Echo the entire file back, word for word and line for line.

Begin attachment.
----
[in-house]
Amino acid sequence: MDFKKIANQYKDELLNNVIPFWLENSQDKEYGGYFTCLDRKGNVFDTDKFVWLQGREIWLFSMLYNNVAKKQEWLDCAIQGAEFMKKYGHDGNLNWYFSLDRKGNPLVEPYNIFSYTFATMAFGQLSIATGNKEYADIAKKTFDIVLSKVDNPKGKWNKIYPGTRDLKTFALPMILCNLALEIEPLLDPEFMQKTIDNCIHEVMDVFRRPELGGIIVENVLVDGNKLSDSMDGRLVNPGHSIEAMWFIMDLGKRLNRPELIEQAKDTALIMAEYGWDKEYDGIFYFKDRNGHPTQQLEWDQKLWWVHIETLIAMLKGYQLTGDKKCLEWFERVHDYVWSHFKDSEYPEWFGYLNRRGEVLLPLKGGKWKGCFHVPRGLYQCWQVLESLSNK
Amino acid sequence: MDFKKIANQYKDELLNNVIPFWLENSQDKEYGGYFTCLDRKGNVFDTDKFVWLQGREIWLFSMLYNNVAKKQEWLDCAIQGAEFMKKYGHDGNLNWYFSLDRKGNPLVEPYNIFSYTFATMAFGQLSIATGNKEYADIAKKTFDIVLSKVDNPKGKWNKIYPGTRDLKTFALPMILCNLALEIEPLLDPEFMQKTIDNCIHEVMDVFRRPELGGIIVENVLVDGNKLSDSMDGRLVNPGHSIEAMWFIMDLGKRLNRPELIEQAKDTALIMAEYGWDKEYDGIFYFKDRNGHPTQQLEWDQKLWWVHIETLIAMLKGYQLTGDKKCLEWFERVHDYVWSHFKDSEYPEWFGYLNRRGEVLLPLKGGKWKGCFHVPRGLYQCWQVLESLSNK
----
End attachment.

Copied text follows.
[in-house]
Amino acid sequence: MDFKKIANQYKDELLNNVIPFWLENSQDKEYGGYFTCLDRKGNVFDTDKFVWLQGREIWLFSMLYNNVAKKQEWLDCAIQGAEFMKKYGHDGNLNWYFSLDRKGNPLVEPYNIFSYTFATMAFGQLSIATGNKEYADIAKKTFDIVLSKVDNPKGKWNKIYPGTRDLKTFALPMILCNLALEIEPLLDPEFMQKTIDNCIHEVMDVFRRPELGGIIVENVLVDGNKLSDSMDGRLVNPGHSIEAMWFIMDLGKRLNRPELIEQAKDTALIMAEYGWDKEYDGIFYFKDRNGHPTQQLEWDQKLWWVHIETLIAMLKGYQLTGDKKCLEWFERVHDYVWSHFKDSEYPEWFGYLNRRGEVLLPLKGGKWKGCFHVPRGLYQCWQVLESLSNK
Amino acid sequence: MDFKKIANQYKDELLNNVIPFWLENSQDKEYGGYFTCLDRKGNVFDTDKFVWLQGREIWLFSMLYNNVAKKQEWLDCAIQGAEFMKKYGHDGNLNWYFSLDRKGNPLVEPYNIFSYTFATMAFGQLSIATGNKEYADIAKKTFDIVLSKVDNPKGKWNKIYPGTRDLKTFALPMILCNLALEIEPLLDPEFMQKTIDNCIHEVMDVFRRPELGGIIVENVLVDGNKLSDSMDGRLVNPGHSIEAMWFIMDLGKRLNRPELIEQAKDTALIMAEYGWDKEYDGIFYFKDRNGHPTQQLEWDQKLWWVHIETLIAMLKGYQLTGDKKCLEWFERVHDYVWSHFKDSEYPEWFGYLNRRGEVLLPLKGGKWKGCFHVPRGLYQCWQVLESLSNK